Jan 16

The Rice Cooker Chronicles is a series of essays by JETs and JET alumni on the theme of cooking/eating and being alone in Japan. The brain-child of JETwit founder  Steven Horowitz (Aichi-ken, Kariya-shi, 1992-94) (and inspired by the book Alone in the Kitchen with an Eggplant), this series is curated by L.M. Zoller (CIR Ishikawa-ken, Anamizu, 2009-11), the editor of The Ishikawa JET Kitchen: Cooking in Japan Without a Fight. A writer and web administrator for The Art of Japan: Kanazawa and Discover Kanazawa, ze also writes I’ll Make It Myself!, a blog about food culture in Japan.

New submissions always welcome. Just e-mail it to jetwit [at] jetwit.com.


Broccoli Lover Learns to BBQ

Part 2

by Clara Solomon (CIR, Nichinan-cho, Tottori-ken; 1999-2001), the Director of Counseling & Career Development at the Office of Career Services at New York University School of Law. She previously worked for the Japan External Trade Organization, specializing in trade relations between Japan and Latin America.  She lives in Queens with her husband and twin daughters.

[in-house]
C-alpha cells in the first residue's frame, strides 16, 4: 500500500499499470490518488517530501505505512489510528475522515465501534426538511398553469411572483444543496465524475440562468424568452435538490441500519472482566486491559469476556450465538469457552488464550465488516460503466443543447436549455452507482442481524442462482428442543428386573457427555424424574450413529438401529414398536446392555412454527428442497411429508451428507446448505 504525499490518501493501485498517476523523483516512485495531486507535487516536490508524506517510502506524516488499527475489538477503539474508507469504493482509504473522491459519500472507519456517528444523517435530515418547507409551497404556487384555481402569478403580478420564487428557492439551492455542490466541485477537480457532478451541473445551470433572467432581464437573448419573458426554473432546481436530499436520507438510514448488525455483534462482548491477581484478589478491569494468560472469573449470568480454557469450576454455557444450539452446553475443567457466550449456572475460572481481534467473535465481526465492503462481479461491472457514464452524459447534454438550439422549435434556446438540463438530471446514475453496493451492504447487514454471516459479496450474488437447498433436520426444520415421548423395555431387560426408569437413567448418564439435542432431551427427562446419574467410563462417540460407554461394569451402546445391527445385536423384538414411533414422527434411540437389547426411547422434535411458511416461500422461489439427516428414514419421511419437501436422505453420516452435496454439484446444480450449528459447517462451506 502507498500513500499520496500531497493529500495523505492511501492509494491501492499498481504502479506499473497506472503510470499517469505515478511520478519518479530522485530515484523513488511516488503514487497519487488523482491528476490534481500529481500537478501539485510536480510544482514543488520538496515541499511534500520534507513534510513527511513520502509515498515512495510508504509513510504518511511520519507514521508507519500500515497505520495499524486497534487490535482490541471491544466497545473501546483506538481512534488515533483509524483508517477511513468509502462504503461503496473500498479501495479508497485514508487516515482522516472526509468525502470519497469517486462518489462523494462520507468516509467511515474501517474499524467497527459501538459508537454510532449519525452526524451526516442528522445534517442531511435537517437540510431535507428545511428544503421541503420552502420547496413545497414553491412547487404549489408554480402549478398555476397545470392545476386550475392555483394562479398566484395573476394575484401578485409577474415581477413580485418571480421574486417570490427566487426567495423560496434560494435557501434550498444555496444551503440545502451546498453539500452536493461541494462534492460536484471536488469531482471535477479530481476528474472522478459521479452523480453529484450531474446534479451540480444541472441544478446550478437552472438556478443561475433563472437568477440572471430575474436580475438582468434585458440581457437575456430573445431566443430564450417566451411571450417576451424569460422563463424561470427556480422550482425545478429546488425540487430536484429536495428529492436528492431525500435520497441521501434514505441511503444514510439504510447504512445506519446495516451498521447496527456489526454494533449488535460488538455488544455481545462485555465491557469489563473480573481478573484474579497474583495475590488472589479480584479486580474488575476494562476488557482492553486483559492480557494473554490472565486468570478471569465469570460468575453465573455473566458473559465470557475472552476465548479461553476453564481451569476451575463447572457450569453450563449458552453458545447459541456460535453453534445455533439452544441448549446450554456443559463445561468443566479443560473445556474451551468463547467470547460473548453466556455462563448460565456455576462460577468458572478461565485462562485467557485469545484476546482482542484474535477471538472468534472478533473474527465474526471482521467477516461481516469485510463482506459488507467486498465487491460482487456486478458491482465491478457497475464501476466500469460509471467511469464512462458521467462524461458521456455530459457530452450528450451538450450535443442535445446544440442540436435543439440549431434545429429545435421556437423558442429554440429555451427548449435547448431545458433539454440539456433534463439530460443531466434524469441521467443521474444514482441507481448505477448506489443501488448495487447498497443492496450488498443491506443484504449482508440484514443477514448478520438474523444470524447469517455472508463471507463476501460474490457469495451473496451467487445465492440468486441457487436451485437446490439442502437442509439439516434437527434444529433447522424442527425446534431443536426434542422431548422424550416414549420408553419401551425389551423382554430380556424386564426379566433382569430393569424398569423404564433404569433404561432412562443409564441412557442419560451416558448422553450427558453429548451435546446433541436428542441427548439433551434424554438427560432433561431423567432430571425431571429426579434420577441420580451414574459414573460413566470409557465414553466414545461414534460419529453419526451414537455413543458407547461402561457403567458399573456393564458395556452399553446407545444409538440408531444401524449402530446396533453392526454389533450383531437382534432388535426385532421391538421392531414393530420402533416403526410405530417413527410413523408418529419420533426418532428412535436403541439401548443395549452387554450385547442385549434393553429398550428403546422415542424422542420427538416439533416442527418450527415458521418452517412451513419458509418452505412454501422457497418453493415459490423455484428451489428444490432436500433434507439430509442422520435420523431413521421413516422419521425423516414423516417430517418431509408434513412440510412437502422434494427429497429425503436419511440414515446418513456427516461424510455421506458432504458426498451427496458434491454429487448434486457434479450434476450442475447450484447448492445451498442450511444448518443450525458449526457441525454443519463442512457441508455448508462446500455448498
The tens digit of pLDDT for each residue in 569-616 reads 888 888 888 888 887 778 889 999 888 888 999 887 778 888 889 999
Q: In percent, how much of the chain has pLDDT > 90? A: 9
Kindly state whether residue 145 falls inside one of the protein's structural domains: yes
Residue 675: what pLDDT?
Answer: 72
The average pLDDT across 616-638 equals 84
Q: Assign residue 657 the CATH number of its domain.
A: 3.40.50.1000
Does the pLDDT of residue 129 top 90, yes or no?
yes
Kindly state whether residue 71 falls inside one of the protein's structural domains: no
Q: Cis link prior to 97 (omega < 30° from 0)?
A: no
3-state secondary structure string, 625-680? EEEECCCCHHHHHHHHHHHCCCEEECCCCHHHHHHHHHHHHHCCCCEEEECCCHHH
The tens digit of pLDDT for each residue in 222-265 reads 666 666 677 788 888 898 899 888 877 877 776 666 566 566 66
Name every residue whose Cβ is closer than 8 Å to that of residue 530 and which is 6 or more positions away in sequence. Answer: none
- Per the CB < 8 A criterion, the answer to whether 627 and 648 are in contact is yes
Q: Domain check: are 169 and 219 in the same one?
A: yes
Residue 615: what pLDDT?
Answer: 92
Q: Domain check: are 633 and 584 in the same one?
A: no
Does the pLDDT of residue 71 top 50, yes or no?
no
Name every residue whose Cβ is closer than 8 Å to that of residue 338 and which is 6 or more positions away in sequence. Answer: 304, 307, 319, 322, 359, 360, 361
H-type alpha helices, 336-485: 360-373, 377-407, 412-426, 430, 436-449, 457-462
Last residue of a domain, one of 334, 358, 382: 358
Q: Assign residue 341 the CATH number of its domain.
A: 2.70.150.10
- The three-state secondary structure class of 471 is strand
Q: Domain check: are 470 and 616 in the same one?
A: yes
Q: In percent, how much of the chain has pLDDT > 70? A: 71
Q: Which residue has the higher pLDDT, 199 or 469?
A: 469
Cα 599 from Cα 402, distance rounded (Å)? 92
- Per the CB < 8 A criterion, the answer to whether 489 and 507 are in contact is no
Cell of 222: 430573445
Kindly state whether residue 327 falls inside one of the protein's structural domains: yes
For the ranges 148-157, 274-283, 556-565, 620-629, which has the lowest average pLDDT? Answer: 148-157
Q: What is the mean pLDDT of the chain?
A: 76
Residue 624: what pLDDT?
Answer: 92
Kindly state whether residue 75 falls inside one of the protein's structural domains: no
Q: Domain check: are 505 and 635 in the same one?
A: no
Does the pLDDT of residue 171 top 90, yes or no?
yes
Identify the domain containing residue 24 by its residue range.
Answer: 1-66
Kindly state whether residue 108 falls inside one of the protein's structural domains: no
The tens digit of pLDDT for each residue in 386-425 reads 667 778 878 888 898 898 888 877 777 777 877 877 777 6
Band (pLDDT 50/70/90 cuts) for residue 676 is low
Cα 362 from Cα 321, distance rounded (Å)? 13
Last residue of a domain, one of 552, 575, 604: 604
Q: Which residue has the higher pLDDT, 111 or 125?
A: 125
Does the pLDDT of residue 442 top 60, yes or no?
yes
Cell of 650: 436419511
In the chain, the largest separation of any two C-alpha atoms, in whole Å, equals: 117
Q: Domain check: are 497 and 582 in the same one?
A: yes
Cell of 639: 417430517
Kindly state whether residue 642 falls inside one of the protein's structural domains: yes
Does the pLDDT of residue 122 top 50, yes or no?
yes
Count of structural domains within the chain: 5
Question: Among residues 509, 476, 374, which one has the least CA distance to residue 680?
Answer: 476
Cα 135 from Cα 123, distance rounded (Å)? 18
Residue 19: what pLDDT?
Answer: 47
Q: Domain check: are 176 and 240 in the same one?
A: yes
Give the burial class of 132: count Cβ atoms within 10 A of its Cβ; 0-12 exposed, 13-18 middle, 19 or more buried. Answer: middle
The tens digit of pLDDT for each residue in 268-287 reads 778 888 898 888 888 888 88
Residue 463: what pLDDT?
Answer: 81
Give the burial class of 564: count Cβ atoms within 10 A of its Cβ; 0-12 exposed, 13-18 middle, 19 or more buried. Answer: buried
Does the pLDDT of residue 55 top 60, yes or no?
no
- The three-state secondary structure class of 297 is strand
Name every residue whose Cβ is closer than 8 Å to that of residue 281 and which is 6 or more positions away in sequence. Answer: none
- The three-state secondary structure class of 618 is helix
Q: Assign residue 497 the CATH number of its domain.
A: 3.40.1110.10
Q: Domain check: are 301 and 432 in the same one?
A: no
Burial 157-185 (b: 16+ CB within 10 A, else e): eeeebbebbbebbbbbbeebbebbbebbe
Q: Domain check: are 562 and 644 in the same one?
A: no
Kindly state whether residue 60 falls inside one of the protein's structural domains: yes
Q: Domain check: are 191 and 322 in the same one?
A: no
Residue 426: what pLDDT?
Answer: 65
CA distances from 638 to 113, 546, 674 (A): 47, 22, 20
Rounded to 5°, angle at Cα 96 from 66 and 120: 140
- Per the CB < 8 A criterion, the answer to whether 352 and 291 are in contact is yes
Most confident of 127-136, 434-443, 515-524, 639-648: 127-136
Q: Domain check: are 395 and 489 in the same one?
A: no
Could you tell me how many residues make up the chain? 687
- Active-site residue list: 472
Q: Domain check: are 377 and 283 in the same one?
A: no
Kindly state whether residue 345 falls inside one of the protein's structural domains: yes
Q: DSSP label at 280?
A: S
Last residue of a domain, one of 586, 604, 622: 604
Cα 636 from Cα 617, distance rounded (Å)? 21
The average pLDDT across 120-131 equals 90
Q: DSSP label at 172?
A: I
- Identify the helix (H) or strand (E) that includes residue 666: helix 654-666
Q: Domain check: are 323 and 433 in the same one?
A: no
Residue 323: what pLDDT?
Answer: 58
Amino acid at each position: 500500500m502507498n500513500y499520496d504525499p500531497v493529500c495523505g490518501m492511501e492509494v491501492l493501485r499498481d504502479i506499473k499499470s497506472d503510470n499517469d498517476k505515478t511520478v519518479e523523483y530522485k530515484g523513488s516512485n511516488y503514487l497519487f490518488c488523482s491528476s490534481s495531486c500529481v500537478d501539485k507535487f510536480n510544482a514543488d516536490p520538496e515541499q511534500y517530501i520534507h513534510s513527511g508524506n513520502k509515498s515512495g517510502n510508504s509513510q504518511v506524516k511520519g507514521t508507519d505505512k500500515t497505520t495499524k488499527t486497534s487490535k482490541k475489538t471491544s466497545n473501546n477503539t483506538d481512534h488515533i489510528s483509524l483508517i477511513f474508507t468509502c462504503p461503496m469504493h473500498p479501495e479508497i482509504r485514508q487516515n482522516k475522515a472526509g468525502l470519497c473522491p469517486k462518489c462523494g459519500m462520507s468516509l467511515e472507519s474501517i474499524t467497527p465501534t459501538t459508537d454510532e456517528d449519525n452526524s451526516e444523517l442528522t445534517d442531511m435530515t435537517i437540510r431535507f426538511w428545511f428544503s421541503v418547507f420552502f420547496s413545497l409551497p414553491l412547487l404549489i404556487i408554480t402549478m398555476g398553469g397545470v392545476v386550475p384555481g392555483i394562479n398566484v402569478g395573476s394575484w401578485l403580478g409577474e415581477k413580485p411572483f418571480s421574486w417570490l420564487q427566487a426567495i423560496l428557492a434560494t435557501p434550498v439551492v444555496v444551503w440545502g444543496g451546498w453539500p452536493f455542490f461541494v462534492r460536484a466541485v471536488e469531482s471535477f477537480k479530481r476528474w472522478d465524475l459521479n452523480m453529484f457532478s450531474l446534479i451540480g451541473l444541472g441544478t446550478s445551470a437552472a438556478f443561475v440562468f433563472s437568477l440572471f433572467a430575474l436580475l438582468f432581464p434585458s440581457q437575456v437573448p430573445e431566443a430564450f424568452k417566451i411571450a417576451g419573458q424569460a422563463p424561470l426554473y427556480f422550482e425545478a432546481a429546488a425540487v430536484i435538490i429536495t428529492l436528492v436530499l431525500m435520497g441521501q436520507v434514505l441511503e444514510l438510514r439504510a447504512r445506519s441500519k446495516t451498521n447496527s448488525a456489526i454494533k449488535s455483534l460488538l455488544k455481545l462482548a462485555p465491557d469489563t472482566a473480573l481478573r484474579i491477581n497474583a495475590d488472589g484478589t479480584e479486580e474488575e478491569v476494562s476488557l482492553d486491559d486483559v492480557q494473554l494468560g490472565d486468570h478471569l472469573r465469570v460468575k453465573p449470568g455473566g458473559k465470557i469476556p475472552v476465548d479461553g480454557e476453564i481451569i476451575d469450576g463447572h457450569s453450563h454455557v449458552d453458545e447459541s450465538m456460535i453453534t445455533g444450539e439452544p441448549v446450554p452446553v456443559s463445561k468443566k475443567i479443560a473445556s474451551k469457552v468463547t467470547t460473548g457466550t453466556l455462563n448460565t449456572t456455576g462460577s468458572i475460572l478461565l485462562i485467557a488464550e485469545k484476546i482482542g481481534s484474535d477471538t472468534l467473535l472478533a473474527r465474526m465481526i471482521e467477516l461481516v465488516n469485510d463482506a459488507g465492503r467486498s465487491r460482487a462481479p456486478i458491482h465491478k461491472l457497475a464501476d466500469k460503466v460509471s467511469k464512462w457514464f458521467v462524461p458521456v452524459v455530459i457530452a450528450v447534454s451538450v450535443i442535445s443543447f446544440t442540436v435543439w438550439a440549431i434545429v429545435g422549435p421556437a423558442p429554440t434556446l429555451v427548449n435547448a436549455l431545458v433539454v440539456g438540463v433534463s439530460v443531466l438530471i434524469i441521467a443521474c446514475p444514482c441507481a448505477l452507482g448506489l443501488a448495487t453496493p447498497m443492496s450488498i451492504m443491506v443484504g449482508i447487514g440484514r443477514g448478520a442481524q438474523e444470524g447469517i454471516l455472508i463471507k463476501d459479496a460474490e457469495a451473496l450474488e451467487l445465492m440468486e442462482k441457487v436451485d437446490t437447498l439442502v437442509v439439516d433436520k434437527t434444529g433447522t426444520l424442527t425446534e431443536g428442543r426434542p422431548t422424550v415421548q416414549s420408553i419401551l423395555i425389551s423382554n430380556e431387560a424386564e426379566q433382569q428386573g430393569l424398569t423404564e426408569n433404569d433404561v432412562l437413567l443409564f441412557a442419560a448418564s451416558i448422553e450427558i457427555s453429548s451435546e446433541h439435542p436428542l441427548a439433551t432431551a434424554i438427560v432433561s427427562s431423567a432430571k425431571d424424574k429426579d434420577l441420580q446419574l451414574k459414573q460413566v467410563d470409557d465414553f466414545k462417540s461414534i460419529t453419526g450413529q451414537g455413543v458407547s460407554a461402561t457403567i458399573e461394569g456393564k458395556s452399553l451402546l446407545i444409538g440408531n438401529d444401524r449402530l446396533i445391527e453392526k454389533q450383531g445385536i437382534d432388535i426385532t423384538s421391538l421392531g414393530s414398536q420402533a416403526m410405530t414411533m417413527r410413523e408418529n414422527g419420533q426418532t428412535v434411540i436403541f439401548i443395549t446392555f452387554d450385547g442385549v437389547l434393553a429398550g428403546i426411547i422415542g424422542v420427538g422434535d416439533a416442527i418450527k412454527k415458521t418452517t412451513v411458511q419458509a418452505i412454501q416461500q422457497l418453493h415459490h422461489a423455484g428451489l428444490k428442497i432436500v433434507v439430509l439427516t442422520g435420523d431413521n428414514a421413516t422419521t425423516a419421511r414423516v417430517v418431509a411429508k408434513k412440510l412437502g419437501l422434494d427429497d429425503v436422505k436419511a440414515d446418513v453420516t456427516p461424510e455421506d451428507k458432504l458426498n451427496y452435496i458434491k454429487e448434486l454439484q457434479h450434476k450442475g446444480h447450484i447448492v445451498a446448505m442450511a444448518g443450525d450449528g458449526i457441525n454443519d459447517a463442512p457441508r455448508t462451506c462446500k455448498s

Read Part 1 here.

Living in a small farming community has a lot of advantages, I soon learned. For example, I was at the town festival in August shortly after arriving, and casually mentioned to one of my farmer neighbors that I liked sweet corn. I woke up the next day to find about 15 ears of freshly-picked sweet corn on my doorstep. Even when I didn’t particularly like something, I would often find that a kind neighbor, perhaps worried about my over-consumption of broccoli, had left bushels of it at my front door. I guess they’d heard that Americans eat a lot, because they would leave bags stuffed with enough eggplant, cabbage, and carrots to feed a small army. (Why, I often wondered, had I not moved to rural Tuscany, where I could have gotten donations of sun-ripened tomatoes, basil, and fresh bufala mozzarella?).
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